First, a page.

Electronic Thesis and Dissertation Repository


Master of Science




Staples, James F.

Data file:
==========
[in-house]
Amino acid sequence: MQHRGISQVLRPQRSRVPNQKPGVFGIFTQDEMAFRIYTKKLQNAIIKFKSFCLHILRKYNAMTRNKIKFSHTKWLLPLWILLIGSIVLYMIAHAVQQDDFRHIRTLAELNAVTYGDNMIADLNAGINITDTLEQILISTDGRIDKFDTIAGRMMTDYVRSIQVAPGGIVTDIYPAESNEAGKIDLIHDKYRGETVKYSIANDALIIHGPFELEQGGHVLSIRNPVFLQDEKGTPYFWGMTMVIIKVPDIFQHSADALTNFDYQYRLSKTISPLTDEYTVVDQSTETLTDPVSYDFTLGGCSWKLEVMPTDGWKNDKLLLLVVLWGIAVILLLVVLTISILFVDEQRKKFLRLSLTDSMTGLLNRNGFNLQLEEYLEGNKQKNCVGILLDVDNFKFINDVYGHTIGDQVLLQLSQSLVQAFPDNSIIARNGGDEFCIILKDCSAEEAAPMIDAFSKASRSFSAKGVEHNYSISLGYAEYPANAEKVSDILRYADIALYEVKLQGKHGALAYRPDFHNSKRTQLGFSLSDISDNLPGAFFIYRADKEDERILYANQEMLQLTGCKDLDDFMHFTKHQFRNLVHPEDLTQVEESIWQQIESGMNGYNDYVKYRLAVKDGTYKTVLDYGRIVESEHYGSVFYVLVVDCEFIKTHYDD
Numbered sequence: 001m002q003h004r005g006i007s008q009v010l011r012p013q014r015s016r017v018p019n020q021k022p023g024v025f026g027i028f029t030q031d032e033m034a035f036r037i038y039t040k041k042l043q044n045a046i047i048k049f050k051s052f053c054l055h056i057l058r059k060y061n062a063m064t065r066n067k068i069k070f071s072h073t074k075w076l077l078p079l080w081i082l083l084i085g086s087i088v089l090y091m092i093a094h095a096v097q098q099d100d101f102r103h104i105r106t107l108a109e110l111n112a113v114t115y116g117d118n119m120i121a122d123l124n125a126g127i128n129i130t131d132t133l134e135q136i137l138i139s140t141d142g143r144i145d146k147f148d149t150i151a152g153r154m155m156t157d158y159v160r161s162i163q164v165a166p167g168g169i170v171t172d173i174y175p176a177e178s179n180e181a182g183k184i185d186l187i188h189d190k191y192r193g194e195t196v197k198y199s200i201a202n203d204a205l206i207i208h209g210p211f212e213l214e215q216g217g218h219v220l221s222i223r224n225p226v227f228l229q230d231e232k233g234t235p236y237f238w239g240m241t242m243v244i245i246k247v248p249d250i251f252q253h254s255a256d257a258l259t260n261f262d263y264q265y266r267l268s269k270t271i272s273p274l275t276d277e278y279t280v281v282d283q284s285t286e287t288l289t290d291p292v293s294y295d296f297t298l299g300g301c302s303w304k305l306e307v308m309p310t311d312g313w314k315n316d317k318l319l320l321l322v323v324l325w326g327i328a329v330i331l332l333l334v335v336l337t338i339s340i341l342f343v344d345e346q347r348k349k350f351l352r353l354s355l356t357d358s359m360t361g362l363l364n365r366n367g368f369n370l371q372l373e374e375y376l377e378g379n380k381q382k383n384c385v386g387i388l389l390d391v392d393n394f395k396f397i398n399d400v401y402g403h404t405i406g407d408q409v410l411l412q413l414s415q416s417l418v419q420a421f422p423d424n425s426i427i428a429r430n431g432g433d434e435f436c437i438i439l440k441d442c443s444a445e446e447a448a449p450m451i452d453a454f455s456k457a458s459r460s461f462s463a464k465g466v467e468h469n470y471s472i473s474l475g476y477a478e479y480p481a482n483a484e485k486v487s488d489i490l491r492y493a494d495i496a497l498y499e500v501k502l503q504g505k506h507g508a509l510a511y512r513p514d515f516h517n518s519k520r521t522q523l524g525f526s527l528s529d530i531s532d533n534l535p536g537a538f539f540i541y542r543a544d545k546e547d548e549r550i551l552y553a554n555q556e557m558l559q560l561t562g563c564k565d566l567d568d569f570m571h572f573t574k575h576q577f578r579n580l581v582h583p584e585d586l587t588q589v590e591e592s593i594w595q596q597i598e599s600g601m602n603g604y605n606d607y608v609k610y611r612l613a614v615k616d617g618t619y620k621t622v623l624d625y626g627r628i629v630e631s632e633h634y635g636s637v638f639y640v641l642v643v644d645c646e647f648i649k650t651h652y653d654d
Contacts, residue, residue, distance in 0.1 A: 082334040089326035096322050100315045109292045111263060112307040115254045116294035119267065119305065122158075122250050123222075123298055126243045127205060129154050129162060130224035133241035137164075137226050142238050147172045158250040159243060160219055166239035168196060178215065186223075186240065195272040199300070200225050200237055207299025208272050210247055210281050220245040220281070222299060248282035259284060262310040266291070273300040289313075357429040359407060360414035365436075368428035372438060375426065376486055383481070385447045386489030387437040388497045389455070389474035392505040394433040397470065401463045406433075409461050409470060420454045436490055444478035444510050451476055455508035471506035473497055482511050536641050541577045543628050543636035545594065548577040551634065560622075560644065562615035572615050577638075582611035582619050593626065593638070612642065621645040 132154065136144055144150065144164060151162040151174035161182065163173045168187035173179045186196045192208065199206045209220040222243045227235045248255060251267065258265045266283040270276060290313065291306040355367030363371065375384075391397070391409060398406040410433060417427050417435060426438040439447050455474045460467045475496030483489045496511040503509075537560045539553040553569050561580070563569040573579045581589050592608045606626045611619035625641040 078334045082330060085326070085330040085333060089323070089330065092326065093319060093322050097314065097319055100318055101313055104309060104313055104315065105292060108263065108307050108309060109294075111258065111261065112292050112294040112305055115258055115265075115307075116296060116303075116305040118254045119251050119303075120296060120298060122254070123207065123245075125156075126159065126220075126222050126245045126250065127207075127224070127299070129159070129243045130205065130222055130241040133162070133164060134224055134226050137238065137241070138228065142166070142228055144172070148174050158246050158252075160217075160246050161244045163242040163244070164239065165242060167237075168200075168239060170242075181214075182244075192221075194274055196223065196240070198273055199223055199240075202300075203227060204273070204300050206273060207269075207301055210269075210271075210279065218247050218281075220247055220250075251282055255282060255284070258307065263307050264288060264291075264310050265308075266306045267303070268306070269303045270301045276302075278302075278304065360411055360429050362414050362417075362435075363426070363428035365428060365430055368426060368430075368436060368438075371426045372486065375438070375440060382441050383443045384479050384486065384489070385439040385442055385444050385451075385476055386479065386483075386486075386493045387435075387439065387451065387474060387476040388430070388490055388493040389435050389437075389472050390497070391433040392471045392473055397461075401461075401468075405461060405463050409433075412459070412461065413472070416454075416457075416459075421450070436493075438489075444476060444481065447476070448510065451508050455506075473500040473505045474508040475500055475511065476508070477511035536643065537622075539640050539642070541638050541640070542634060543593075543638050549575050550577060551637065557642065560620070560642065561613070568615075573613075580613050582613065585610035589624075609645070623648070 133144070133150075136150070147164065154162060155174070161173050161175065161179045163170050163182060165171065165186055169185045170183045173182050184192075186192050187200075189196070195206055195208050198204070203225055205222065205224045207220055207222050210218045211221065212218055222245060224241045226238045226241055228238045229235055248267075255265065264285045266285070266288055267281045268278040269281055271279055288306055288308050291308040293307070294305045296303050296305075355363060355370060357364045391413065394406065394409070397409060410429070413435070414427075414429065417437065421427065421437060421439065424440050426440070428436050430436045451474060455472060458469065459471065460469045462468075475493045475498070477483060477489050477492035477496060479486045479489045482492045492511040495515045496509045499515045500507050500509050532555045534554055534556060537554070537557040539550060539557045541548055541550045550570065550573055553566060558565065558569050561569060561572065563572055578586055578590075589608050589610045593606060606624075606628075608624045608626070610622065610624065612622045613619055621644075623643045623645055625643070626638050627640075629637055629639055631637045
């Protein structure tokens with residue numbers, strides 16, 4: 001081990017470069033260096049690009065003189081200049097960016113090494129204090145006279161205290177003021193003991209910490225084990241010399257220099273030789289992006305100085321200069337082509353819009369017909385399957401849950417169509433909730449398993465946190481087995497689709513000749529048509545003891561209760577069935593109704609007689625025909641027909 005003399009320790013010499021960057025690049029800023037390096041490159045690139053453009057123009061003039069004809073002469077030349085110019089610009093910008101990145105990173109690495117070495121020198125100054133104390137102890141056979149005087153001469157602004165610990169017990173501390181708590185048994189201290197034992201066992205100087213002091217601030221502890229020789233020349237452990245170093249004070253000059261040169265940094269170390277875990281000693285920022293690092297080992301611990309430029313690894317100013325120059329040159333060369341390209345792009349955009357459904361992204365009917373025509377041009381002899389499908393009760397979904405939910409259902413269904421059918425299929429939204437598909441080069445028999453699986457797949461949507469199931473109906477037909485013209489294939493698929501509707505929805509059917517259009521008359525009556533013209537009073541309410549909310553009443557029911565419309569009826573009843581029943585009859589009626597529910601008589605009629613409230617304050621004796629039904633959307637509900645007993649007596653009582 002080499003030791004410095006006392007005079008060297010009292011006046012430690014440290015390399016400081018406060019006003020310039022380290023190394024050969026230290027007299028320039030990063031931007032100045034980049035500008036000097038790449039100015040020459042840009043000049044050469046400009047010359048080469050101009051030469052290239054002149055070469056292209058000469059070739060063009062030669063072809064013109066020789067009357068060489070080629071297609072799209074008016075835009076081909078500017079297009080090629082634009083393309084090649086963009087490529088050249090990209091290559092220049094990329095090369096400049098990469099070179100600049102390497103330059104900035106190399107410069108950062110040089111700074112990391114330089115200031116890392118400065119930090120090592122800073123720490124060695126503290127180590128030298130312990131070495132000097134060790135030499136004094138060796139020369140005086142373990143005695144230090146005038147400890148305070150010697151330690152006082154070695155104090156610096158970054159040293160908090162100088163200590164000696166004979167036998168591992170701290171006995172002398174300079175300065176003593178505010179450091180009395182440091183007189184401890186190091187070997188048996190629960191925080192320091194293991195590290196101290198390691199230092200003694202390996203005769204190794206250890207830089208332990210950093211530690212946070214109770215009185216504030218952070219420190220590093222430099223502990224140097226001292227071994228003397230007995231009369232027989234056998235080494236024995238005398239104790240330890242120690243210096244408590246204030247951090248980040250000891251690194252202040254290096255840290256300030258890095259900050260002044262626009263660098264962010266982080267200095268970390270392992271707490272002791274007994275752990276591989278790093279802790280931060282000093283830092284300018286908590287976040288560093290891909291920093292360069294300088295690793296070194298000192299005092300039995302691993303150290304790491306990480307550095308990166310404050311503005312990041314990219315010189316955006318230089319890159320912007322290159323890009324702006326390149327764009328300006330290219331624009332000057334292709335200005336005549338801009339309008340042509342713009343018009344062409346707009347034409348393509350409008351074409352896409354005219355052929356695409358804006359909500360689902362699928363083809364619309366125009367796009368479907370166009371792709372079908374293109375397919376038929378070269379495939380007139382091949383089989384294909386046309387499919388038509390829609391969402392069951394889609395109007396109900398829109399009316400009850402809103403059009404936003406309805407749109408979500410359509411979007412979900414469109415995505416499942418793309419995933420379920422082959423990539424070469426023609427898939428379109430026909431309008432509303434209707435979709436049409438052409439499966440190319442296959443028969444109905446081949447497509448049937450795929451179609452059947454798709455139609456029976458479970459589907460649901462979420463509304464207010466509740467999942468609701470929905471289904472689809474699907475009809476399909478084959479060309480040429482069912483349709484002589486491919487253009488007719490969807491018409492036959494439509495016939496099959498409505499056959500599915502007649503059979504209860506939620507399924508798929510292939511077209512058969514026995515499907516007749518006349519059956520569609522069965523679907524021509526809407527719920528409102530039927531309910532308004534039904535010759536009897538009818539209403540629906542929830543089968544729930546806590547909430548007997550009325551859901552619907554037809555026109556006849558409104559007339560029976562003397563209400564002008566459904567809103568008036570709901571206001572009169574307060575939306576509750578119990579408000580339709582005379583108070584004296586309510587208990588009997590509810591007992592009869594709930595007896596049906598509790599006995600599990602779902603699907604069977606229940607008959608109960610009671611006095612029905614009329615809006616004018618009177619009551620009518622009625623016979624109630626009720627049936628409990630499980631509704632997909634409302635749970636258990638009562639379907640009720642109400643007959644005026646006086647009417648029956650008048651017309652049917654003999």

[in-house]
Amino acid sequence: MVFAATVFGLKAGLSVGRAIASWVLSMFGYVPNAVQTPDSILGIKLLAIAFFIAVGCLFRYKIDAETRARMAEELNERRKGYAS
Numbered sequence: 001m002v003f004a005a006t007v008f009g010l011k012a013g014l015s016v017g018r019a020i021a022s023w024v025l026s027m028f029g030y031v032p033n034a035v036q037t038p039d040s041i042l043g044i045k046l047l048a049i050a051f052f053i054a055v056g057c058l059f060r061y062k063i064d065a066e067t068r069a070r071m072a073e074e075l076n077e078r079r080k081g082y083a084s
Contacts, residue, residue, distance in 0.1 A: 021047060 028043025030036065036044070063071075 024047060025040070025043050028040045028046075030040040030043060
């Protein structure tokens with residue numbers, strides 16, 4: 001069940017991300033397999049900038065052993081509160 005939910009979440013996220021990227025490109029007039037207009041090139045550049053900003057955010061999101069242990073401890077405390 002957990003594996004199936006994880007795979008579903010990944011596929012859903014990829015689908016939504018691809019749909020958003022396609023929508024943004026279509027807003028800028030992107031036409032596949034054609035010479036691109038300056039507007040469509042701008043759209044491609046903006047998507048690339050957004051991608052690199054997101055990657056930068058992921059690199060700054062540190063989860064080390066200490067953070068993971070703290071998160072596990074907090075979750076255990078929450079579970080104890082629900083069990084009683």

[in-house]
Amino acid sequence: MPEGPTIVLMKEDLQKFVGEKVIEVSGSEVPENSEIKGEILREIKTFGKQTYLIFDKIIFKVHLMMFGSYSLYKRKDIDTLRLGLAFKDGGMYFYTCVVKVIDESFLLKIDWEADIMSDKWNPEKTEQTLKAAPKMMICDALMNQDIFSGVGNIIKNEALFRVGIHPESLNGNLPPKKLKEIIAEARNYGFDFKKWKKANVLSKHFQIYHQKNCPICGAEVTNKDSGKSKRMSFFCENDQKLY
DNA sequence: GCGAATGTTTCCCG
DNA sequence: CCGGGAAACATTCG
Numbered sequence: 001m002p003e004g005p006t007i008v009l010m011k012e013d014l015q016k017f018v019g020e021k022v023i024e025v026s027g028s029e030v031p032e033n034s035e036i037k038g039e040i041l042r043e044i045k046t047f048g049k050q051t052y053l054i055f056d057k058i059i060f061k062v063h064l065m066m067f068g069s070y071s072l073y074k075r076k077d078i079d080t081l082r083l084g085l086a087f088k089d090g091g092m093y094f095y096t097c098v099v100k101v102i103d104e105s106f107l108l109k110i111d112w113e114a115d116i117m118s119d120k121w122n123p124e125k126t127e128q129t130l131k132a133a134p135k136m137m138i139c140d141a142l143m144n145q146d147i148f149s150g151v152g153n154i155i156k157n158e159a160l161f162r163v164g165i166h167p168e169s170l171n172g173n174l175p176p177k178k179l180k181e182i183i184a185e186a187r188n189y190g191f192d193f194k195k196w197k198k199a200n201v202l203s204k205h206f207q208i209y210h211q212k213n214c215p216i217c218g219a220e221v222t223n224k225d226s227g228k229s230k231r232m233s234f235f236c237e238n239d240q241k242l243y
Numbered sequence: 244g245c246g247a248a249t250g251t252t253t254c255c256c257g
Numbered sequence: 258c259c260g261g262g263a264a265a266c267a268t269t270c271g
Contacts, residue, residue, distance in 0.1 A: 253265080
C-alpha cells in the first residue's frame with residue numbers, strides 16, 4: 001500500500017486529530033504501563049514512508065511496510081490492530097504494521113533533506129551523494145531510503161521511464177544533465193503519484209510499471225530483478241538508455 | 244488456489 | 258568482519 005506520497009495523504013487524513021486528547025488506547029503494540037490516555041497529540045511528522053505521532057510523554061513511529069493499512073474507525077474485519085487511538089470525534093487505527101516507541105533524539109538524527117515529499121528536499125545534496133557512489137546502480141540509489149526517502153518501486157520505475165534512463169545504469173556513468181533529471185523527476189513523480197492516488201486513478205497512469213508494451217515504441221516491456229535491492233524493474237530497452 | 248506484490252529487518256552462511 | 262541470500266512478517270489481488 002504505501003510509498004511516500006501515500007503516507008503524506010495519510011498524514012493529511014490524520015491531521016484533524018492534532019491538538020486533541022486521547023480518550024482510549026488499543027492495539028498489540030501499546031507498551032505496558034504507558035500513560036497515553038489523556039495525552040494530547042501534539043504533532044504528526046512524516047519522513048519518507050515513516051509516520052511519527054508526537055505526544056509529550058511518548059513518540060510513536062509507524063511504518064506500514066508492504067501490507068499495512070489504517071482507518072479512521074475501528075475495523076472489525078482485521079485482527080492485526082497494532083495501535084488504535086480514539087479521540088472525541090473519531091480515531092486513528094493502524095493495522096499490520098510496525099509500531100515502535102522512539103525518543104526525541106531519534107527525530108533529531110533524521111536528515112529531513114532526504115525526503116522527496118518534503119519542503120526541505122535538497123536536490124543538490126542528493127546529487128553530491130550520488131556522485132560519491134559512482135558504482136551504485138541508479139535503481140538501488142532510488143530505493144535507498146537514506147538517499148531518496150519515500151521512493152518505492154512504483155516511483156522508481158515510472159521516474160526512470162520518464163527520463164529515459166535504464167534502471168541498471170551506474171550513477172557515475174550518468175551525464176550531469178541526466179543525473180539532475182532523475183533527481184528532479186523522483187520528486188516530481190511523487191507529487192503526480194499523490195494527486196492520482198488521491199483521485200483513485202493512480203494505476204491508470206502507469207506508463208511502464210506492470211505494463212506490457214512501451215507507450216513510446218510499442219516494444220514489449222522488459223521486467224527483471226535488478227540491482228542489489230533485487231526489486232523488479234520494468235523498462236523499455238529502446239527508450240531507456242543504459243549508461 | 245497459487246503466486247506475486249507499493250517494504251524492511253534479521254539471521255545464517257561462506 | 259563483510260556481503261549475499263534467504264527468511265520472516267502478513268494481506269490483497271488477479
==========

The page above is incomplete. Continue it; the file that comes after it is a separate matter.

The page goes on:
Hibernation protects mammalian tissues against ischemia-reperfusion injury, but the underlying biochemical mechanisms are unknown. I hypothesized that the mechanisms allowing for mitochondrial metabolic flexibility during hibernation permit anoxia tolerance and contribute to tissue ischemia-reperfusion tolerance. I assessed mitochondrial performance before and after five minutes of anoxia in liver mitochondria isolated from thirteen-lined ground squirrels. I compared this anoxia effect among animals that were summer active (SA), or during hibernation (in torpor or interbout euthermia; IBE). Anoxia decreased state 3 respiration in all groups, but mitochondria isolated from torpid squirrels were least affected; these decreases paralleled decreased activity of electron transport system complexes in IBE and SA. Leak respiration was more elevated in SA mitochondria following anoxia than in either IBE or torpor. These findings suggest that during hibernation (especially in torpor) mitochondrial respiration is maintained with a concurrent reduction in oxidative damage following anoxia, which may protect from ischemia-reperfusion injury.